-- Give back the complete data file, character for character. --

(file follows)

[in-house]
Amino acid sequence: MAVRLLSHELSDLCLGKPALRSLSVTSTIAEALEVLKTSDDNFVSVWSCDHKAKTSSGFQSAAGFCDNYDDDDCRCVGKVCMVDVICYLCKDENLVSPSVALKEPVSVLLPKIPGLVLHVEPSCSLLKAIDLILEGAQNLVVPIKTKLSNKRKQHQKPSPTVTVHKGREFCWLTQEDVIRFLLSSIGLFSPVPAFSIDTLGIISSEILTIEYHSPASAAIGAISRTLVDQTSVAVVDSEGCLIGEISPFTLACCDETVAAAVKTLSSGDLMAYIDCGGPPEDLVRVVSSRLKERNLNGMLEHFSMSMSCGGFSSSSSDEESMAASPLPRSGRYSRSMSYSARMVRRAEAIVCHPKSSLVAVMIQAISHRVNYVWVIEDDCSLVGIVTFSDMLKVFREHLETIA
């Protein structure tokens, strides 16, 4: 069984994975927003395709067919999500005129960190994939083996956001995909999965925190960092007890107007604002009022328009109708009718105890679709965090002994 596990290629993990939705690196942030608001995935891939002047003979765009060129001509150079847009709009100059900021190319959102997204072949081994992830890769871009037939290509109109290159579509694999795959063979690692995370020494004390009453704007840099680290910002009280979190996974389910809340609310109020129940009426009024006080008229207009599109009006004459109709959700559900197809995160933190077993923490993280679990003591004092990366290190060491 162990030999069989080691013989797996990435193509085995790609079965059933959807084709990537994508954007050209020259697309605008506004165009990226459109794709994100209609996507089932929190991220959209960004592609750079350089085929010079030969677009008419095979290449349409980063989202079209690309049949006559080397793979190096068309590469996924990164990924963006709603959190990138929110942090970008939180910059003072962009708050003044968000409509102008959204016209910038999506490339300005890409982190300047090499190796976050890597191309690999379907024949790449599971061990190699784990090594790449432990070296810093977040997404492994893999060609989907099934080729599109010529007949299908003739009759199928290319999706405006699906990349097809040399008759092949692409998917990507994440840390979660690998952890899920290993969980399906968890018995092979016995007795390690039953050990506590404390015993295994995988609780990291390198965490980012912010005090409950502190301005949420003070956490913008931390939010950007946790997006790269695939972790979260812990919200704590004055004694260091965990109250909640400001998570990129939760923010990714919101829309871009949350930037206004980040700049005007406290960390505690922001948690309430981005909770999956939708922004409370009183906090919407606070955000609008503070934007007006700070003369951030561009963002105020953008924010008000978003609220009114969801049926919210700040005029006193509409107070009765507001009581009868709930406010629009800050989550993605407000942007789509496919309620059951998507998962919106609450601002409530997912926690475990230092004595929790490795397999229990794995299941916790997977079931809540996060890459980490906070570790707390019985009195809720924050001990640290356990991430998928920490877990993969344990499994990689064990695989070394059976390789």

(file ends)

[in-house]
Amino acid sequence: MAVRLLSHELSDLCLGKPALRSLSVTSTIAEALEVLKTSDDNFVSVWSCDHKAKTSSGFQSAAGFCDNYDDDDCRCVGKVCMVDVICYLCKDENLVSPSVALKEPVSVLLPKIPGLVLHVEPSCSLLKAIDLILEGAQNLVVPIKTKLSNKRKQHQKPSPTVTVHKGREFCWLTQEDVIRFLLSSIGLFSPVPAFSIDTLGIISSEILTIEYHSPASAAIGAISRTLVDQTSVAVVDSEGCLIGEISPFTLACCDETVAAAVKTLSSGDLMAYIDCGGPPEDLVRVVSSRLKERNLNGMLEHFSMSMSCGGFSSSSSDEESMAASPLPRSGRYSRSMSYSARMVRRAEAIVCHPKSSLVAVMIQAISHRVNYVWVIEDDCSLVGIVTFSDMLKVFREHLETIA
């Protein structure tokens, strides 16, 4: 069984994975927003395709067919999500005129960190994939083996956001995909999965925190960092007890107007604002009022328009109708009718105890679709965090002994 596990290629993990939705690196942030608001995935891939002047003979765009060129001509150079847009709009100059900021190319959102997204072949081994992830890769871009037939290509109109290159579509694999795959063979690692995370020494004390009453704007840099680290910002009280979190996974389910809340609310109020129940009426009024006080008229207009599109009006004459109709959700559900197809995160933190077993923490993280679990003591004092990366290190060491 162990030999069989080691013989797996990435193509085995790609079965059933959807084709990537994508954007050209020259697309605008506004165009990226459109794709994100209609996507089932929190991220959209960004592609750079350089085929010079030969677009008419095979290449349409980063989202079209690309049949006559080397793979190096068309590469996924990164990924963006709603959190990138929110942090970008939180910059003072962009708050003044968000409509102008959204016209910038999506490339300005890409982190300047090499190796976050890597191309690999379907024949790449599971061990190699784990090594790449432990070296810093977040997404492994893999060609989907099934080729599109010529007949299908003739009759199928290319999706405006699906990349097809040399008759092949692409998917990507994440840390979660690998952890899920290993969980399906968890018995092979016995007795390690039953050990506590404390015993295994995988609780990291390198965490980012912010005090409950502190301005949420003070956490913008931390939010950007946790997006790269695939972790979260812990919200704590004055004694260091965990109250909640400001998570990129939760923010990714919101829309871009949350930037206004980040700049005007406290960390505690922001948690309430981005909770999956939708922004409370009183906090919407606070955000609008503070934007007006700070003369951030561009963002105020953008924010008000978003609220009114969801049926919210700040005029006193509409107070009765507001009581009868709930406010629009800050989550993605407000942007789509496919309620059951998507998962919106609450601002409530997912926690475990230092004595929790490795397999229990794995299941916790997977079931809540996060890459980490906070570790707390019985009195809720924050001990640290356990991430998928920490877990993969344990499994990689064990695989070394059976390789």